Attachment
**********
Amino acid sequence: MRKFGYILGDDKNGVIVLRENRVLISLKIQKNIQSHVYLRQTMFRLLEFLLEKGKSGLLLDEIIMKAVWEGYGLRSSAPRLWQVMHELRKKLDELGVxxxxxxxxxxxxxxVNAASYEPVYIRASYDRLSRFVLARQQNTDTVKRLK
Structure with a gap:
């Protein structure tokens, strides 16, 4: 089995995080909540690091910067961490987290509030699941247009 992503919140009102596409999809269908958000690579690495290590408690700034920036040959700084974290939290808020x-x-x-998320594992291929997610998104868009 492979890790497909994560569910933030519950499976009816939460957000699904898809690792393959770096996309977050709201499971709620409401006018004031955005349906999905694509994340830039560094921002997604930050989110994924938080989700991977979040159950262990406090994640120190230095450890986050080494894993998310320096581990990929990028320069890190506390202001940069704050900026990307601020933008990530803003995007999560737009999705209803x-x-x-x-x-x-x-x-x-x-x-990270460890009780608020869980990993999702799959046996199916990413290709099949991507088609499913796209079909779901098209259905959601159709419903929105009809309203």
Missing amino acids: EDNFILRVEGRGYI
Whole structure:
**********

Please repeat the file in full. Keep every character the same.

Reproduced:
Amino acid sequence: MRKFGYILGDDKNGVIVLRENRVLISLKIQKNIQSHVYLRQTMFRLLEFLLEKGKSGLLLDEIIMKAVWEGYGLRSSAPRLWQVMHELRKKLDELGVxxxxxxxxxxxxxxVNAASYEPVYIRASYDRLSRFVLARQQNTDTVKRLK
Structure with a gap:
């Protein structure tokens, strides 16, 4: 089995995080909540690091910067961490987290509030699941247009 992503919140009102596409999809269908958000690579690495290590408690700034920036040959700084974290939290808020x-x-x-998320594992291929997610998104868009 492979890790497909994560569910933030519950499976009816939460957000699904898809690792393959770096996309977050709201499971709620409401006018004031955005349906999905694509994340830039560094921002997604930050989110994924938080989700991977979040159950262990406090994640120190230095450890986050080494894993998310320096581990990929990028320069890190506390202001940069704050900026990307601020933008990530803003995007999560737009999705209803x-x-x-x-x-x-x-x-x-x-x-990270460890009780608020869980990993999702799959046996199916990413290709099949991507088609499913796209079909779901098209259905959601159709419903929105009809309203």
Missing amino acids: EDNFILRVEGRGYI
Whole structure: